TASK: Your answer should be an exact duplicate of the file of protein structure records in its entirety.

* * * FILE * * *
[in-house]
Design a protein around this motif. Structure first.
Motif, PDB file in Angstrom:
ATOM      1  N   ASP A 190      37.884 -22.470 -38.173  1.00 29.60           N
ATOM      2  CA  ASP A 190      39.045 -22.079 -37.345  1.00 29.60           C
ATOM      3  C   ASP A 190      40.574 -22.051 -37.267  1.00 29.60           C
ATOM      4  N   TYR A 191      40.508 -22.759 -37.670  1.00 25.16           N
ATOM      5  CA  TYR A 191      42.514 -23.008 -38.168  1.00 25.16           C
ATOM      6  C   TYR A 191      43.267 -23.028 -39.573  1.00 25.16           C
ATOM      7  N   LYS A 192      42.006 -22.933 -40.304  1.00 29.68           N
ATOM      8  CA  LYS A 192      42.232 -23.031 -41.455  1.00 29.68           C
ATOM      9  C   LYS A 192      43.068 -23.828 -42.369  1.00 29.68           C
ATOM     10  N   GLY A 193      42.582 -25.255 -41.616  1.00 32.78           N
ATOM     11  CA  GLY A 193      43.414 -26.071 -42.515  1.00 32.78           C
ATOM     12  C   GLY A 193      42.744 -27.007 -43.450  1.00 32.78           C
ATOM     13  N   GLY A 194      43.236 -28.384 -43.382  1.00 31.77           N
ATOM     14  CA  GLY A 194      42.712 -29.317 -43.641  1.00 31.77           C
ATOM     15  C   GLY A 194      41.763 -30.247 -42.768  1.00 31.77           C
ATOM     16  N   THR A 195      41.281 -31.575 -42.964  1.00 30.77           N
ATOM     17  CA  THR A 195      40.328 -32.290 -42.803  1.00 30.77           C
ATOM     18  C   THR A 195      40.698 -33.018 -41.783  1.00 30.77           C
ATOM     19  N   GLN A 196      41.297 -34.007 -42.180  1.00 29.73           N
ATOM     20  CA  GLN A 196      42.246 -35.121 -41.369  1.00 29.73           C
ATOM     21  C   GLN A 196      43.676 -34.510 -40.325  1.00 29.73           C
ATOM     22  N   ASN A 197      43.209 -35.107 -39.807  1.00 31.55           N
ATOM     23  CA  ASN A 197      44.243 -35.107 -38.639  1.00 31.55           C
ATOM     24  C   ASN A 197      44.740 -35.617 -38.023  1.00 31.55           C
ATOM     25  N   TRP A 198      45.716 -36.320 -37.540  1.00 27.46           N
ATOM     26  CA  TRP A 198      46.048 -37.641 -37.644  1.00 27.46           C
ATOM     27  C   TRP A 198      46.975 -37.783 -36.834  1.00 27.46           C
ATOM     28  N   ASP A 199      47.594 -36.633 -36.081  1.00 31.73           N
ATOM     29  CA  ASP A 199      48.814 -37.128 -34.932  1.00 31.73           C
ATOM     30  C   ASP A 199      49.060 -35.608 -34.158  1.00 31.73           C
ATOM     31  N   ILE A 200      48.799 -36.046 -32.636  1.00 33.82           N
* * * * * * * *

[in-house]
Design a protein around this motif. Structure first.
Motif, PDB file in Angstrom:
ATOM      1  N   ASP A 190      37.884 -22.470 -38.173  1.00 29.60           N
ATOM      2  CA  ASP A 190      39.045 -22.079 -37.345  1.00 29.60           C
ATOM      3  C   ASP A 190      40.574 -22.051 -37.267  1.00 29.60           C
ATOM      4  N   TYR A 191      40.508 -22.759 -37.670  1.00 25.16           N
ATOM      5  CA  TYR A 191      42.514 -23.008 -38.168  1.00 25.16           C
ATOM      6  C   TYR A 191      43.267 -23.028 -39.573  1.00 25.16           C
ATOM      7  N   LYS A 192      42.006 -22.933 -40.304  1.00 29.68           N
ATOM      8  CA  LYS A 192      42.232 -23.031 -41.455  1.00 29.68           C
ATOM      9  C   LYS A 192      43.068 -23.828 -42.369  1.00 29.68           C
ATOM     10  N   GLY A 193      42.582 -25.255 -41.616  1.00 32.78           N
ATOM     11  CA  GLY A 193      43.414 -26.071 -42.515  1.00 32.78           C
ATOM     12  C   GLY A 193      42.744 -27.007 -43.450  1.00 32.78           C
ATOM     13  N   GLY A 194      43.236 -28.384 -43.382  1.00 31.77           N
ATOM     14  CA  GLY A 194      42.712 -29.317 -43.641  1.00 31.77           C
ATOM     15  C   GLY A 194      41.763 -30.247 -42.768  1.00 31.77           C
ATOM     16  N   THR A 195      41.281 -31.575 -42.964  1.00 30.77           N
ATOM     17  CA  THR A 195      40.328 -32.290 -42.803  1.00 30.77           C
ATOM     18  C   THR A 195      40.698 -33.018 -41.783  1.00 30.77           C
ATOM     19  N   GLN A 196      41.297 -34.007 -42.180  1.00 29.73           N
ATOM     20  CA  GLN A 196      42.246 -35.121 -41.369  1.00 29.73           C
ATOM     21  C   GLN A 196      43.676 -34.510 -40.325  1.00 29.73           C
ATOM     22  N   ASN A 197      43.209 -35.107 -39.807  1.00 31.55           N
ATOM     23  CA  ASN A 197      44.243 -35.107 -38.639  1.00 31.55           C
ATOM     24  C   ASN A 197      44.740 -35.617 -38.023  1.00 31.55           C
ATOM     25  N   TRP A 198      45.716 -36.320 -37.540  1.00 27.46           N
ATOM     26  CA  TRP A 198      46.048 -37.641 -37.644  1.00 27.46           C
ATOM     27  C   TRP A 198      46.975 -37.783 -36.834  1.00 27.46           C
ATOM     28  N   ASP A 199      47.594 -36.633 -36.081  1.00 31.73           N
ATOM     29  CA  ASP A 199      48.814 -37.128 -34.932  1.00 31.73           C
ATOM     30  C   ASP A 199      49.060 -35.608 -34.158  1.00 31.73           C
ATOM     31  N   ILE A 200      48.799 -36.046 -32.636  1.00 33.82           N